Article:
Sad Day by the Loch Side
To have any encounter with a wild otter is always special but a close encounter takes it to another level. This morning my good friend Pete and I were out on a pre-Mull Photo Tour recce, and to be honest, the weather was really grotty, rain and a slight off-shore wind made for far from ideal conditions. As we drove along merrily chatting, I spotted an otter walking along the shoreline of a sea loch no more than 50 metres away. Nothing unusual about that, as we have both been visiting this location for years and are now photographing and working with the third and fourth generations of otter families. We quickly deduced that this was one of two possible otters we know along this part of the loch. It later became apparent that it was one of the cubs of a very good mother otter who has two very healthy cubs this year. In fact we had both been photographing this young dog otter since he was about three months old. During many of our visits to the island during last year we witnessed him growing up to be a strong and ultimately independent sub-adult, and his holt was no more than 150 metres away from where his Mum gave birth and raised him. From the comfort of Pete’s car we watched him whilst he fished and the moment he caught something we stealthily moved towards the beach, using some rocks for cover, though what he did next surprised the both of us. He walked straight up the beach towards us, crab in tow. For the next 15 minutes he sat on the beach no more than 20 metres from where Pete and I had concealed ourselves and snapped away as he devoured a swimming crab. After he’d finished he headed straight back out to sea to continue fishing. By now the rain was horrible and the sensible thing to do was to retreat back to the car, where we kept a watchful eye on our wee otter as he tracked along the shore. Half an hour later I’m lying on beach watching the otter heading right towards me, and I mean straight down the barrel, and I’m thinking ‘oh God’ he's going to come right up to me. I had the camera on silent mode so with the sound of the wind whistling by I knew I could continue shooting up until he came really close, as it turned out this ended up being the 4.5 metre minimum focusing distance for my 600mm lens! When it was blatantly obvious he was going to totally ignore me I tucked my head down behind my camera so I could just peek at him without him seeing my face. He approached me so closely I was really afraid he’d get such a fright if he suddenly realised I was a human and it could cause him real distress. This is the last thing I wanted (remember I’ve been lying in seaweed nearly all week whilst guiding for a client), but not to worry as he just sauntered up to where I lay, casually sniffed the leg of my tripod, walked down the side of my body and sniffed my boots! It was only after Pete and I met up afterwards that he relayed this to me, as obviously while this was happening I couldn't move a muscle, so once he was out of my peripheral vision I lost track of him. So you’d think after an encounter like this I’d be overjoyed? Well no, I’m not. In fact I’m really quite upset and concerned about it. I’ll explain why.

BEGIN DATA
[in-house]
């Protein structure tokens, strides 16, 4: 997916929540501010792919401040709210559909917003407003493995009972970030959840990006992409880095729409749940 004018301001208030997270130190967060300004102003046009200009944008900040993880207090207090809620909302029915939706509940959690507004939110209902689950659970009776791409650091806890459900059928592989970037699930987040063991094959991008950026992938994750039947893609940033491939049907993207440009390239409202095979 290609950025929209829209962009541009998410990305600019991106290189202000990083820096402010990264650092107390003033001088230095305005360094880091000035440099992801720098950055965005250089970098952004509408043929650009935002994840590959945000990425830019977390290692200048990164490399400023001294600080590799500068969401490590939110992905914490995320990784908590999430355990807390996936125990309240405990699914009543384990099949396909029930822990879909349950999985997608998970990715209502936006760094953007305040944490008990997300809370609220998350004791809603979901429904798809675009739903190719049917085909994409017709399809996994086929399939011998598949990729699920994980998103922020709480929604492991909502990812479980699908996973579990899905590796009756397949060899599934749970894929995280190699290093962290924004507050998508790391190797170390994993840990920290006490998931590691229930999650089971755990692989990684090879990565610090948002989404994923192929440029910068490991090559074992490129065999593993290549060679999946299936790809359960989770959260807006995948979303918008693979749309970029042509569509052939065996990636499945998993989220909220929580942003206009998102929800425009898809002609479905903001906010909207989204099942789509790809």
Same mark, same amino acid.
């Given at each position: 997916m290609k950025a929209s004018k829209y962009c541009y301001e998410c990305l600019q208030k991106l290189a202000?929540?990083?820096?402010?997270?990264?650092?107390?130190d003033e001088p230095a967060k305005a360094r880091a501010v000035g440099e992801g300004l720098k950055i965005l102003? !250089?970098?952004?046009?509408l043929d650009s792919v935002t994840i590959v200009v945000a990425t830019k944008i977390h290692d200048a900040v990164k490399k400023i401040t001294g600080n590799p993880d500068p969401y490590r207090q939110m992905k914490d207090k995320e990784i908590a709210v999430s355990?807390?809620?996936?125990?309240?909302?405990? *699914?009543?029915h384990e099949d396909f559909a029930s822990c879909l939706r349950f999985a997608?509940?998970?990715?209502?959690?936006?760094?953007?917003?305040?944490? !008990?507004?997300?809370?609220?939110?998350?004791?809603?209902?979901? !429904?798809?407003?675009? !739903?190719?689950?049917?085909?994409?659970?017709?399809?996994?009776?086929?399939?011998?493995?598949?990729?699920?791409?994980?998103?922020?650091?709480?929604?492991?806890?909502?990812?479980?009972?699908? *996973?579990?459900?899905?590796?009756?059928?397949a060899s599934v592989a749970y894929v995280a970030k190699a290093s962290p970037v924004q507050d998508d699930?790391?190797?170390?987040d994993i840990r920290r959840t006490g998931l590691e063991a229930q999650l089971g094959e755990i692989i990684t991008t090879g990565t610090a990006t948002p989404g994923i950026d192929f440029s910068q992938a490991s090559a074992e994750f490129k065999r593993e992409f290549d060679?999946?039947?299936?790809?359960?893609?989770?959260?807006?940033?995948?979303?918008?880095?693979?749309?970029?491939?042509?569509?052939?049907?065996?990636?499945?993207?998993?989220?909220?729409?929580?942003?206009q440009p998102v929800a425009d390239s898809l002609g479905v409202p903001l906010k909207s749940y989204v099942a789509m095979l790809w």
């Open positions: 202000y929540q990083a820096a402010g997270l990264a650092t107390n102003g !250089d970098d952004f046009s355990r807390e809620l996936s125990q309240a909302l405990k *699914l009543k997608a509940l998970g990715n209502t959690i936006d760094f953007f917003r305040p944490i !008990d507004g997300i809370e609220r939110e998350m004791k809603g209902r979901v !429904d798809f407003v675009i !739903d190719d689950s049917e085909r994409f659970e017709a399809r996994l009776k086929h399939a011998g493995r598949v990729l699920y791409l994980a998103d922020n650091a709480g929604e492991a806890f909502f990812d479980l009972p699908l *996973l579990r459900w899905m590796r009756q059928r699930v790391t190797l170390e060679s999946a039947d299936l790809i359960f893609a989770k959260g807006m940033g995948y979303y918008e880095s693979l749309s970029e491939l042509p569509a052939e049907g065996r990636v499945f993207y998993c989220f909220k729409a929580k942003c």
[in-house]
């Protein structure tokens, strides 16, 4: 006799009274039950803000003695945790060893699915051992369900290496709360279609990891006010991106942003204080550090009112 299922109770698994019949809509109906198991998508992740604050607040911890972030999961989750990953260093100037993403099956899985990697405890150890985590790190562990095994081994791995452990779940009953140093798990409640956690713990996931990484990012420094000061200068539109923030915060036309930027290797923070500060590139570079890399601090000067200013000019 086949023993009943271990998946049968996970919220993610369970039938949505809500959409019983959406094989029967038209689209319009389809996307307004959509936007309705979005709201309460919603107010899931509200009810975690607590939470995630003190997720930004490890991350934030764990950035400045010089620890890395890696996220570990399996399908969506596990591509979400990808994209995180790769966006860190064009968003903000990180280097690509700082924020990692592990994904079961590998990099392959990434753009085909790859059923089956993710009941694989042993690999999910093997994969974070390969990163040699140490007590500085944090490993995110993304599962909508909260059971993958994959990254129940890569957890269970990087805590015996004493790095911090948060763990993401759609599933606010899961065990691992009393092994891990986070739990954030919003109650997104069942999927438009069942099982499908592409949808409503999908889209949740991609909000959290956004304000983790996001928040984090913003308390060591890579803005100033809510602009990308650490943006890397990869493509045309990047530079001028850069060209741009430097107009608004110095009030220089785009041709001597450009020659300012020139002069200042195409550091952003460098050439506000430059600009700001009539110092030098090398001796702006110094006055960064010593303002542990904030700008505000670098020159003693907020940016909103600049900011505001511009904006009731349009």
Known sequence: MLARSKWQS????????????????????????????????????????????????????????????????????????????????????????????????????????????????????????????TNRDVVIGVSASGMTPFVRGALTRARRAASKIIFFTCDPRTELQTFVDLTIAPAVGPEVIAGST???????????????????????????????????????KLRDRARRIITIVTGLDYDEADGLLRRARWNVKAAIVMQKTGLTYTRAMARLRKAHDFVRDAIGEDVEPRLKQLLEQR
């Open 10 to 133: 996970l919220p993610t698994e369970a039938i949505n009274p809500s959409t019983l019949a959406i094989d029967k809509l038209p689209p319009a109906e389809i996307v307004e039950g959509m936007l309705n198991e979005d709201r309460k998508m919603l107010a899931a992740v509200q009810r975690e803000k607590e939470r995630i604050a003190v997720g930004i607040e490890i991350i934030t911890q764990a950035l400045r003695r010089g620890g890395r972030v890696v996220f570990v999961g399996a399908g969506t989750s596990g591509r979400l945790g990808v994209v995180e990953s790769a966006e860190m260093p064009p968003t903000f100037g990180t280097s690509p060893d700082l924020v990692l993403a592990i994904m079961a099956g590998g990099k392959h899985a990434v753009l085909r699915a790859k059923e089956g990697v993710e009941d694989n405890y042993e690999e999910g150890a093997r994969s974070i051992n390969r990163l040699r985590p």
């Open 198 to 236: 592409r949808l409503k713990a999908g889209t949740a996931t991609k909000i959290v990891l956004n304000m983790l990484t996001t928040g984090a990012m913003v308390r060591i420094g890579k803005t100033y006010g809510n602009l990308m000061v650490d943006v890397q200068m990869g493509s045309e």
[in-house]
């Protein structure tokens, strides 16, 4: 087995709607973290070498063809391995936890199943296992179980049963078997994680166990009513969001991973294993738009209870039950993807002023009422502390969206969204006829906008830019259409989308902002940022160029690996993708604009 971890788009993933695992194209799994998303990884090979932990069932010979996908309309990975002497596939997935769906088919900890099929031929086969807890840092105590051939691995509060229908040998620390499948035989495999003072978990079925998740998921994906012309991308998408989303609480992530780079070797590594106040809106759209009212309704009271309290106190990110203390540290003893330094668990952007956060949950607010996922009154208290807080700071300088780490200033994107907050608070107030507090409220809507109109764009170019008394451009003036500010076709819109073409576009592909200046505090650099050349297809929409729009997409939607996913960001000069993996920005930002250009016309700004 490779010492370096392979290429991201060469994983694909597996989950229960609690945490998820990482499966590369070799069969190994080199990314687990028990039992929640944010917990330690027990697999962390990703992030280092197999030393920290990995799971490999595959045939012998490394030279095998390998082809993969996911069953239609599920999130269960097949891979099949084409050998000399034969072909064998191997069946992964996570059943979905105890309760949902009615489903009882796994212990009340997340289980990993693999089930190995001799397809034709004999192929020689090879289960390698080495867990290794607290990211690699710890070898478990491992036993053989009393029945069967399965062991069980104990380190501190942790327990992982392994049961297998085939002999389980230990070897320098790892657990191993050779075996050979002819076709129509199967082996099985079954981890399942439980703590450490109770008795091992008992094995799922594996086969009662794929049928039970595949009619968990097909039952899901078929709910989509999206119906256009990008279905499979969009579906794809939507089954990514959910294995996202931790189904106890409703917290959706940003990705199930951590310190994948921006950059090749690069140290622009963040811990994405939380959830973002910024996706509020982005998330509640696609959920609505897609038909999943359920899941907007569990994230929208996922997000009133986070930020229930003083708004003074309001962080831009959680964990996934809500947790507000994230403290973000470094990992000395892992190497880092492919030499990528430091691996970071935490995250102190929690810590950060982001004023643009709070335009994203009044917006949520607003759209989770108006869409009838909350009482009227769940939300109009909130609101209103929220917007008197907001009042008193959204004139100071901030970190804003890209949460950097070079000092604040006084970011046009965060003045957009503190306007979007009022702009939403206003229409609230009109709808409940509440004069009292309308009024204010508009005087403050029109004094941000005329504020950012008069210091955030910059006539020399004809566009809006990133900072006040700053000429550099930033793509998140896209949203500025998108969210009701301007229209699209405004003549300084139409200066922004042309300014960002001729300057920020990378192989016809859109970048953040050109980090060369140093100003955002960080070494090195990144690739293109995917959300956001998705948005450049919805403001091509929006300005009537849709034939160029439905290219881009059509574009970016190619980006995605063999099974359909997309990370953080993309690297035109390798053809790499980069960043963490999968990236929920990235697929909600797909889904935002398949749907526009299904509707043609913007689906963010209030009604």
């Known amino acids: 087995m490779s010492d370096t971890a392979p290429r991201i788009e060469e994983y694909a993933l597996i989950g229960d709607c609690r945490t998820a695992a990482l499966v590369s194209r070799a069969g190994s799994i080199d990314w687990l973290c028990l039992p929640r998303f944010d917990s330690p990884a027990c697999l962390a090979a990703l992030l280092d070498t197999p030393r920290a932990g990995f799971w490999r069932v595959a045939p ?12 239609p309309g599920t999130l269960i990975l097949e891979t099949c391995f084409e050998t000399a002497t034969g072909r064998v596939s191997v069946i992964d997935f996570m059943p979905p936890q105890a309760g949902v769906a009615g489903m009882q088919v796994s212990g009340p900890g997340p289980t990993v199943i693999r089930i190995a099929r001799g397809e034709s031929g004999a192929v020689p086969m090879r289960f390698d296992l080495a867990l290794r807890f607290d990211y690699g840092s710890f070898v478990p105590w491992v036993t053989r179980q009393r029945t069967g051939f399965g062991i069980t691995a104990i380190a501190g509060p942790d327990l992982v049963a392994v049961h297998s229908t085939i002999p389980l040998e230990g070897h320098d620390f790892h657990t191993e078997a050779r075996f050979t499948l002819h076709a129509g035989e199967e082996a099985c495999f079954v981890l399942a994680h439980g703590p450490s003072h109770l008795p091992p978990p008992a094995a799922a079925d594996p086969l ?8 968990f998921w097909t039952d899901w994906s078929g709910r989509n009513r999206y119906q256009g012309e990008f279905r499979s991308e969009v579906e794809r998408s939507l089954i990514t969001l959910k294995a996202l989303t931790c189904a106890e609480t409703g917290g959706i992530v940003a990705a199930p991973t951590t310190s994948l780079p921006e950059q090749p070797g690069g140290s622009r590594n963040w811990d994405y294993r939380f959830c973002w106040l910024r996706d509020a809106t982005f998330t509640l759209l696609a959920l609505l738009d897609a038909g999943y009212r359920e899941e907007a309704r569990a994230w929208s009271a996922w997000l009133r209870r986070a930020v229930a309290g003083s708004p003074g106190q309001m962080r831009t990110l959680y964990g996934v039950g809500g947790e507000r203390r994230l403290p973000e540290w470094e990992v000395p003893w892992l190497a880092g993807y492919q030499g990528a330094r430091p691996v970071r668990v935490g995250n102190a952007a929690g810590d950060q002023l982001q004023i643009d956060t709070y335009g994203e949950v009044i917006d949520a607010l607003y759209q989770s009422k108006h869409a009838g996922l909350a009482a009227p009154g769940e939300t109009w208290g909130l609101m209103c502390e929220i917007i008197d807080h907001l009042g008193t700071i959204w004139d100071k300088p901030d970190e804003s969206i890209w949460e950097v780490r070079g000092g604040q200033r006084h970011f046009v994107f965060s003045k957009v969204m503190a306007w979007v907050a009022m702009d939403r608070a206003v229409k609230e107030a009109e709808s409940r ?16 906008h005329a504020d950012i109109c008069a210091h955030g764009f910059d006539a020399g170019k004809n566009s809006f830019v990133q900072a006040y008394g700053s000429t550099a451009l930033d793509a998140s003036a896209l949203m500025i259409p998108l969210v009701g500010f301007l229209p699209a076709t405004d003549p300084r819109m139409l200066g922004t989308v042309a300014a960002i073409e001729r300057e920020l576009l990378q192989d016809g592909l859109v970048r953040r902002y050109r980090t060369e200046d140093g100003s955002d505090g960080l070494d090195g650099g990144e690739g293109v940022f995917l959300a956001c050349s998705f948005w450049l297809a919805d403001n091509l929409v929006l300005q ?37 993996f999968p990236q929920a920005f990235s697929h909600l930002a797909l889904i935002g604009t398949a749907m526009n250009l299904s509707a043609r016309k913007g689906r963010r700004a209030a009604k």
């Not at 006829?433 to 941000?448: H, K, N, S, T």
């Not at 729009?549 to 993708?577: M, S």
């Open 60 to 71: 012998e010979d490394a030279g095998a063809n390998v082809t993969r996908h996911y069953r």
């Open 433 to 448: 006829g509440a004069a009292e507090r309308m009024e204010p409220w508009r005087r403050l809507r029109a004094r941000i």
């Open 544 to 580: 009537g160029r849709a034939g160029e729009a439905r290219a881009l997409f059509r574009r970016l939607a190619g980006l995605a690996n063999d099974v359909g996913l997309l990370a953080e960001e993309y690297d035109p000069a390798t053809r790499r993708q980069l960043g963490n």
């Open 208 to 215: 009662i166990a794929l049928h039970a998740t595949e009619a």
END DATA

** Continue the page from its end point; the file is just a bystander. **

After photographing and spending as much time as I do with a species you get to know its behaviour and habits, and something about this otter wasn’t right; its mannerisms weren't ‘normal’. Alarm-bells started ringing when he started to eat a dead barrel jellyfish, something I’ve never seen before. The full extent of what was wrong with this otter would become very apparent to us as we reviewed the images, apart from the obvious scarring on the otter’s nose, which to us looks like the result of a severe bite, it also has a puncture wound on one of its paws, scarring on the neck and what look like maggots in its fur. Another observation we made was the state of its fur, and I can't ever recall seeing the white under-fur on an otter before. Otters are fastidious at keeping their fur clean as it’s this that gives them essential protection and insulation against the cold. It looks like this young otter has had a harsh and potentially fatal encounter with the dominant dog otter on this territory. I know him well and he's a mighty fine specimen, big, strong and in his prime. I’m fairly confident that the injuries sustained by this poor wee otter is a direct result of an altercation with this large dog. Sadly bites to otters are one of the most common causes of death, especially in sub-adult and juvenile otters. So, I wish I had a happy tale to tell you all about this encounter but I fear that this young otter will eventually succumb to it injuries. Nature can be very cruel at times but this allows only the fittest to survive and therefore maintain a strong gene pool and ultimately the strength of the species.
Let’s hope I can share more positive tales with you from the remainder of my time on Mull.